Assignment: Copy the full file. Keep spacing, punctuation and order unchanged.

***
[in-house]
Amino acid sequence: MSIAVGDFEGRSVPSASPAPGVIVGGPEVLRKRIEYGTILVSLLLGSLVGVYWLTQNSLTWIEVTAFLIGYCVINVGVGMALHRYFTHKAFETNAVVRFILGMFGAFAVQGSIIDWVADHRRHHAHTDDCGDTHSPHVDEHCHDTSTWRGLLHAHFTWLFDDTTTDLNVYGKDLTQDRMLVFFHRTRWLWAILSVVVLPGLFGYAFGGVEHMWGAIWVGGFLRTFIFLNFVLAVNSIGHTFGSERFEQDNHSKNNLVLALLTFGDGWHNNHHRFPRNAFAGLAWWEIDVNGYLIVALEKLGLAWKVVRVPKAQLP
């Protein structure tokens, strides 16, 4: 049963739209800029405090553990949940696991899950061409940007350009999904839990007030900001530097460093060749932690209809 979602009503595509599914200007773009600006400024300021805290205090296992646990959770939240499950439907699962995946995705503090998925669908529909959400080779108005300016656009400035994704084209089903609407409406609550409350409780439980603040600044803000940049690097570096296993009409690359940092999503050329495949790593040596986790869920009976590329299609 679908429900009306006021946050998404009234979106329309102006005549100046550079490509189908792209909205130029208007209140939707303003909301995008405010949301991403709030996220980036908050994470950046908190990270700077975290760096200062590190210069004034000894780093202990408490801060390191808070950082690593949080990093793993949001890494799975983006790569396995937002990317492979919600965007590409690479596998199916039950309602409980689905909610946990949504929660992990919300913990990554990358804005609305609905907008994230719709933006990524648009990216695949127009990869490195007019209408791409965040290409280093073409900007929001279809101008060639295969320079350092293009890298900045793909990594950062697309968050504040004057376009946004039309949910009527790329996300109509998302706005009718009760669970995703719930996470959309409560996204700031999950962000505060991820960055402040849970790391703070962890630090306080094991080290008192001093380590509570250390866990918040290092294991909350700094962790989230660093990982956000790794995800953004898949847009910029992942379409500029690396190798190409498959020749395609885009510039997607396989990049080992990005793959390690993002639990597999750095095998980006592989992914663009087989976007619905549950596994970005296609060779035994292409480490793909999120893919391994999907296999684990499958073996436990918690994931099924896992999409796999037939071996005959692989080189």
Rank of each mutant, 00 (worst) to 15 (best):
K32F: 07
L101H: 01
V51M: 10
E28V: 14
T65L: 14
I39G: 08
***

[in-house]
Amino acid sequence: MSIAVGDFEGRSVPSASPAPGVIVGGPEVLRKRIEYGTILVSLLLGSLVGVYWLTQNSLTWIEVTAFLIGYCVINVGVGMALHRYFTHKAFETNAVVRFILGMFGAFAVQGSIIDWVADHRRHHAHTDDCGDTHSPHVDEHCHDTSTWRGLLHAHFTWLFDDTTTDLNVYGKDLTQDRMLVFFHRTRWLWAILSVVVLPGLFGYAFGGVEHMWGAIWVGGFLRTFIFLNFVLAVNSIGHTFGSERFEQDNHSKNNLVLALLTFGDGWHNNHHRFPRNAFAGLAWWEIDVNGYLIVALEKLGLAWKVVRVPKAQLP
């Protein structure tokens, strides 16, 4: 049963739209800029405090553990949940696991899950061409940007350009999904839990007030900001530097460093060749932690209809 979602009503595509599914200007773009600006400024300021805290205090296992646990959770939240499950439907699962995946995705503090998925669908529909959400080779108005300016656009400035994704084209089903609407409406609550409350409780439980603040600044803000940049690097570096296993009409690359940092999503050329495949790593040596986790869920009976590329299609 679908429900009306006021946050998404009234979106329309102006005549100046550079490509189908792209909205130029208007209140939707303003909301995008405010949301991403709030996220980036908050994470950046908190990270700077975290760096200062590190210069004034000894780093202990408490801060390191808070950082690593949080990093793993949001890494799975983006790569396995937002990317492979919600965007590409690479596998199916039950309602409980689905909610946990949504929660992990919300913990990554990358804005609305609905907008994230719709933006990524648009990216695949127009990869490195007019209408791409965040290409280093073409900007929001279809101008060639295969320079350092293009890298900045793909990594950062697309968050504040004057376009946004039309949910009527790329996300109509998302706005009718009760669970995703719930996470959309409560996204700031999950962000505060991820960055402040849970790391703070962890630090306080094991080290008192001093380590509570250390866990918040290092294991909350700094962790989230660093990982956000790794995800953004898949847009910029992942379409500029690396190798190409498959020749395609885009510039997607396989990049080992990005793959390690993002639990597999750095095998980006592989992914663009087989976007619905549950596994970005296609060779035994292409480490793909999120893919391994999907296999684990499958073996436990918690994931099924896992999409796999037939071996005959692989080189």
Rank of each mutant, 00 (worst) to 15 (best):
K32F: 07
L101H: 01
V51M: 10
E28V: 14
T65L: 14
I39G: 08